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Inequality, Too Much of a Good Thing

  • Alan Krueger

As the title of this essay suggests, I believe there are both positive and negative effects of inequality. On the positive side, differential rewards provide incentives for individuals to work hard, invest and innovate. On the negative side, differences in rewards that are unrelated to productivity – due to racial discrimination, for example – are corrosive to civil society and cause resources to be misallocated. Even if discrimination did not exist, however, income inequality would be problematic in a democratic society if those who are privileged use their economic muscle to curry favor in the political arena and thereby secure monopoly rents or other advantages. Moreover, for several reasons discussed in the next section, poverty and income inequality create negative externalities. Consequently, it can be in the interest of the wealthy as well as the poor to raise the incomes of the poor, especially by using education and training as a means for redistribution.

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Paper provided by Princeton University, Department of Economics, Industrial Relations Section. in its series Working Papers with number 845.

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Date of creation: Apr 2002
Date of revision:
Handle: RePEc:pri:indrel:dsp01cj82k729k
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  11. Thomas J. Kane & Cecilia Elena Rouse, 1999. "The Community College: Educating Students at the Margin between College and Work," Journal of Economic Perspectives, American Economic Association, vol. 13(1), pages 63-84, Winter.
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  16. Mikael Lindahl & Alan B. Krueger, 2001. "Education for Growth: Why and for Whom?," Journal of Economic Literature, American Economic Association, vol. 39(4), pages 1101-1136, December.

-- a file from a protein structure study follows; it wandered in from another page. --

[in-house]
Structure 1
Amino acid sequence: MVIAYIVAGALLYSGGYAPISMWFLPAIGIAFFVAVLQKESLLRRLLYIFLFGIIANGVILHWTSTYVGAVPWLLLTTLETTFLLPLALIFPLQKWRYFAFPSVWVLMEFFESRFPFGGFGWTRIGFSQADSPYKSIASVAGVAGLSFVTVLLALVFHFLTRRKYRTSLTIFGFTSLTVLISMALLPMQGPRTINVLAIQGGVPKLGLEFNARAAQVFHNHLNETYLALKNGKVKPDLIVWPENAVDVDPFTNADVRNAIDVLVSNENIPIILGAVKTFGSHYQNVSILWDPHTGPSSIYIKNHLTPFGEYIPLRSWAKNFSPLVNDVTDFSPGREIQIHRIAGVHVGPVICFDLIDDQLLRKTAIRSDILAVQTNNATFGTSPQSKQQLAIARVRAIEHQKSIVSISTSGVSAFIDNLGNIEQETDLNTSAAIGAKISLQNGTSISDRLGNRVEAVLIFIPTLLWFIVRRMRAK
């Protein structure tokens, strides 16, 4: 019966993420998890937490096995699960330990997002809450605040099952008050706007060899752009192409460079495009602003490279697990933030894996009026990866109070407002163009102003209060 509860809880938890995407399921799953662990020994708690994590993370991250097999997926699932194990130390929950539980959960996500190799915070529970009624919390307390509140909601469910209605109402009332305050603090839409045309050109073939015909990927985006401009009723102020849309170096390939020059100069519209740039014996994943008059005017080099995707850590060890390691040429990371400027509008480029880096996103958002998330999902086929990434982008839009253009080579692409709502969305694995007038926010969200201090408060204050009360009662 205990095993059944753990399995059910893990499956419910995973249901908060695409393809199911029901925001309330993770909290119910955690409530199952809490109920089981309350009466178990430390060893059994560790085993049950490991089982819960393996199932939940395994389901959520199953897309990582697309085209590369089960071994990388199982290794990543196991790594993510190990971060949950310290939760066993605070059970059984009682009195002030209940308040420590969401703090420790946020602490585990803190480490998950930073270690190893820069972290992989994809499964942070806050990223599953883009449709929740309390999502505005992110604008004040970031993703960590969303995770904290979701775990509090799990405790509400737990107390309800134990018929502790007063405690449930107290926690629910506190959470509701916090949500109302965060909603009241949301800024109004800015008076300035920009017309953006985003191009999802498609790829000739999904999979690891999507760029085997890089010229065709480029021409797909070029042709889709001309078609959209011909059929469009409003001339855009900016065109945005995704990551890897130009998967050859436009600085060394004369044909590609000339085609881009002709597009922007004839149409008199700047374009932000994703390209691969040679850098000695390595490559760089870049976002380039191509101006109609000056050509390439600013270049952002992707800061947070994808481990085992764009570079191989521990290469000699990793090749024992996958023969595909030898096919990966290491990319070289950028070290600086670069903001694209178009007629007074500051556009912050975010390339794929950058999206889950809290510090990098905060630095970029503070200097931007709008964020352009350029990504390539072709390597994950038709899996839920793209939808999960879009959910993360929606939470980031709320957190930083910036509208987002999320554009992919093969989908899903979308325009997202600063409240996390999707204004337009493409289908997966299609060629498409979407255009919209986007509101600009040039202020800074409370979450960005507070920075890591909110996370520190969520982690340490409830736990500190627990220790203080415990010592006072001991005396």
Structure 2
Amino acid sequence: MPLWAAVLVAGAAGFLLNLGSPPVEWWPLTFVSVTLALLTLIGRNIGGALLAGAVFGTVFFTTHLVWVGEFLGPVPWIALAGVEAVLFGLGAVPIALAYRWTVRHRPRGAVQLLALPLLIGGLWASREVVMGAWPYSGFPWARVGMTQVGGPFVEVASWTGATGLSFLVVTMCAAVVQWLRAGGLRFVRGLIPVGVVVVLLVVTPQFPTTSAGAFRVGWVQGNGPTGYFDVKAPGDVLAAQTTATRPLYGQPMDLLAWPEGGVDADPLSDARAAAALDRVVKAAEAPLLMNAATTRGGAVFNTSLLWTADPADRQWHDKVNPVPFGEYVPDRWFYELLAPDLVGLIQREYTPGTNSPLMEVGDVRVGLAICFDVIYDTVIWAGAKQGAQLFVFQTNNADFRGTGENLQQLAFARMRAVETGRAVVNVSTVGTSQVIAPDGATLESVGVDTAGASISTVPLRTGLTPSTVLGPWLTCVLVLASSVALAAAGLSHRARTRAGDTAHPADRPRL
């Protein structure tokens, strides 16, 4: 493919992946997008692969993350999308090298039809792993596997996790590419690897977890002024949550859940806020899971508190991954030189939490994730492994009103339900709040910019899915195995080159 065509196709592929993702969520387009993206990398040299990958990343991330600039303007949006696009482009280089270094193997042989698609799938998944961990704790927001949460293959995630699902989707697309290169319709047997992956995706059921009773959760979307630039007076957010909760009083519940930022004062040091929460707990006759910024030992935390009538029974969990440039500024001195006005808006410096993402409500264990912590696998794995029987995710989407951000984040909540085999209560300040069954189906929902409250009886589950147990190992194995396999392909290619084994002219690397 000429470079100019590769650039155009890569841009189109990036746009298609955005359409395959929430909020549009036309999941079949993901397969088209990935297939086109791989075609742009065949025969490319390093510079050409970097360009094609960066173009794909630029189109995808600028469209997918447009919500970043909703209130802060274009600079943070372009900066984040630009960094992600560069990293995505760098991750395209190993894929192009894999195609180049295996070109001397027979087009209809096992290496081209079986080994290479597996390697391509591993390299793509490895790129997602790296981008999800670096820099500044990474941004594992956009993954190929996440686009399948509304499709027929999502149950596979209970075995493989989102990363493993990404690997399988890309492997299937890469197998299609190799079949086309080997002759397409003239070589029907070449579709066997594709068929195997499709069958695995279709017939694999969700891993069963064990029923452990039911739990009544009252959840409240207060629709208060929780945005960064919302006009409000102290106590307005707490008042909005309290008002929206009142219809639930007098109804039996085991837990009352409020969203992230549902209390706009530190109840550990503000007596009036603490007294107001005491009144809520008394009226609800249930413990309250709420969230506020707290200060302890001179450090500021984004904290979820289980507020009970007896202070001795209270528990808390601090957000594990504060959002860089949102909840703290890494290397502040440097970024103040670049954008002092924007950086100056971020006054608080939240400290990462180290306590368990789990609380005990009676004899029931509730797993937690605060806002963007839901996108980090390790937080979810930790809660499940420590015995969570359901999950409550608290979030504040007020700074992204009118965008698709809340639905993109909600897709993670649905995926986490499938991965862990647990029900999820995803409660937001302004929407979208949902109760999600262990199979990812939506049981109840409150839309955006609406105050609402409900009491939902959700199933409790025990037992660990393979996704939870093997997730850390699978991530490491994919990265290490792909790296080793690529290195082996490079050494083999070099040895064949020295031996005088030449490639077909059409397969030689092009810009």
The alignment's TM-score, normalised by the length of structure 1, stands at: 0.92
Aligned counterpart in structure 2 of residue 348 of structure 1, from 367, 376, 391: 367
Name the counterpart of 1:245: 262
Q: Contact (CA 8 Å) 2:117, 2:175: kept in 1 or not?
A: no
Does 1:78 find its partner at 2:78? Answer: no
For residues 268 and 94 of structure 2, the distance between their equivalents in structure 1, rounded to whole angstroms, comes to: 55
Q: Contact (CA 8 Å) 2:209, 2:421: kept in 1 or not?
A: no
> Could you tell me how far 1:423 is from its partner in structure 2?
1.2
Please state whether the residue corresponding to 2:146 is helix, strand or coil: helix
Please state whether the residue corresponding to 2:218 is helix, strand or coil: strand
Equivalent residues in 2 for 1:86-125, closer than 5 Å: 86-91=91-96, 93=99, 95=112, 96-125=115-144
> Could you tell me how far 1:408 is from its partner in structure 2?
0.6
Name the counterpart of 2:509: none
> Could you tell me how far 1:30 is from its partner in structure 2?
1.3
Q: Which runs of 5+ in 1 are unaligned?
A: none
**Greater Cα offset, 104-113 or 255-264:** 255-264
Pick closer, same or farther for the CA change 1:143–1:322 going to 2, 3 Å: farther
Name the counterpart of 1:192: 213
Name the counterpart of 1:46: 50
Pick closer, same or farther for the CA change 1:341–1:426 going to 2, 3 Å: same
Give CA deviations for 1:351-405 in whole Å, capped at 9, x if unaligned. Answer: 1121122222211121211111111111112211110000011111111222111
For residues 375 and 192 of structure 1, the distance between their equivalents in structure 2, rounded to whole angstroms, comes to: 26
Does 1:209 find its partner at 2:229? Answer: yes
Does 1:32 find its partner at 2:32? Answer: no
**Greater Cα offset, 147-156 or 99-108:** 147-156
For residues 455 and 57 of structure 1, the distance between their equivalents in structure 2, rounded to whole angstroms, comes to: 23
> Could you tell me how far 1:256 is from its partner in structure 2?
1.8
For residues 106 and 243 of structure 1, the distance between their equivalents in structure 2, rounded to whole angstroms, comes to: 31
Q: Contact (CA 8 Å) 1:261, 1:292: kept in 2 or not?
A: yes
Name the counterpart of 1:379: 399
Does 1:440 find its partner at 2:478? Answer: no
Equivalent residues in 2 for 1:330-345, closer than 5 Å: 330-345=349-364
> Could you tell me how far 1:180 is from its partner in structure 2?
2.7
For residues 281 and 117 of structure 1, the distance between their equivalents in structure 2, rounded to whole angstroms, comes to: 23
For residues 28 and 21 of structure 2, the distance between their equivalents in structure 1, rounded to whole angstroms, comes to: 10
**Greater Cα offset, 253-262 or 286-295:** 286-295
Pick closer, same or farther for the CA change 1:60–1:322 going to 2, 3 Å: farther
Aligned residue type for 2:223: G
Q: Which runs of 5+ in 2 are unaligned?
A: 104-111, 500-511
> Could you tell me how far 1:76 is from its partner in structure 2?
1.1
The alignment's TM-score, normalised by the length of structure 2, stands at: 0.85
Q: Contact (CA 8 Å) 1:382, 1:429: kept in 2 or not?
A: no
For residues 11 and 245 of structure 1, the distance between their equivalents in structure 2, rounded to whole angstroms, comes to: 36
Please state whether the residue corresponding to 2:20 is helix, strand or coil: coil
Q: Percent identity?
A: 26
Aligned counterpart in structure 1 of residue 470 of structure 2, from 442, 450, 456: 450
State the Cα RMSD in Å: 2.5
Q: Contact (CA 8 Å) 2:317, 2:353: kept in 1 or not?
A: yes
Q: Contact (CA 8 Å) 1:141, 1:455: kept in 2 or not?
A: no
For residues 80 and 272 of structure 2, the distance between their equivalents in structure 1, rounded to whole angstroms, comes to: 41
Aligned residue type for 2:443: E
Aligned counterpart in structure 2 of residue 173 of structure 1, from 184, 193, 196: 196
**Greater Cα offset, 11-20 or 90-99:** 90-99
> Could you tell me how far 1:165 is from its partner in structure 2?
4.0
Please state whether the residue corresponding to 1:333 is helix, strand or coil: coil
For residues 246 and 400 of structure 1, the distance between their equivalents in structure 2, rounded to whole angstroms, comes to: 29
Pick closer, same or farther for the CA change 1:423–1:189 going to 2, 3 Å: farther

17. James Heckman, 2000. "Policies to Foster Human Capital," Working Papers 0028, Harris School of Public Policy Studies, University of Chicago.
  18. David Card & Alan Krueger, 1996. "School Resources and Student Outcomes: An Overview of the Literature and New Evidence from North and South Carolina," Working Papers 745, Princeton University, Department of Economics, Industrial Relations Section..
  19. Link, Charles R. & Mulligan, James G., 1986. "The merits of a longer school day," Economics of Education Review, Elsevier, vol. 5(4), pages 373-381, August.
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  25. Alberto Abadie & Joshua Angrist & Guido Imbens, 2002. "Instrumental Variables Estimates of the Effect of Subsidized Training on the Quantiles of Trainee Earnings," Econometrica, Econometric Society, vol. 70(1), pages 91-117, January.
  26. Marianne Bertrand & Sendhil Mullainathan, 2001. "Are Ceos Rewarded For Luck? The Ones Without Principals Are," The Quarterly Journal of Economics, MIT Press, vol. 116(3), pages 901-932, August.
  27. Kornfeld, Robert & Bloom, Howard S, 1999. "Measuring Program Impacts on Earnings and Employment: Do Unemployment Insurance Wage Reports from Employers Agree with Surveys of Individuals?," Journal of Labor Economics, University of Chicago Press, vol. 17(1), pages 168-97, January.
  28. Sen, Amartya, 1973. "On Economic Inequality," OUP Catalogue, Oxford University Press, number 9780198281931.
  29. Stephen V. Cameron & James J. Heckman, 2001. "The Dynamics of Educational Attainment for Black, Hispanic, and White Males," Journal of Political Economy, University of Chicago Press, vol. 109(3), pages 455-499, June.
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  31. Howard S. Bloom & Larry L. Orr & Stephen H. Bell & George Cave & Fred Doolittle & Winston Lin & Johannes M. Bos, 1997. "The Benefits and Costs of JTPA Title II-A Programs: Key Findings from the National Job Training Partnership Act Study," Journal of Human Resources, University of Wisconsin Press, vol. 32(3), pages 549-576.
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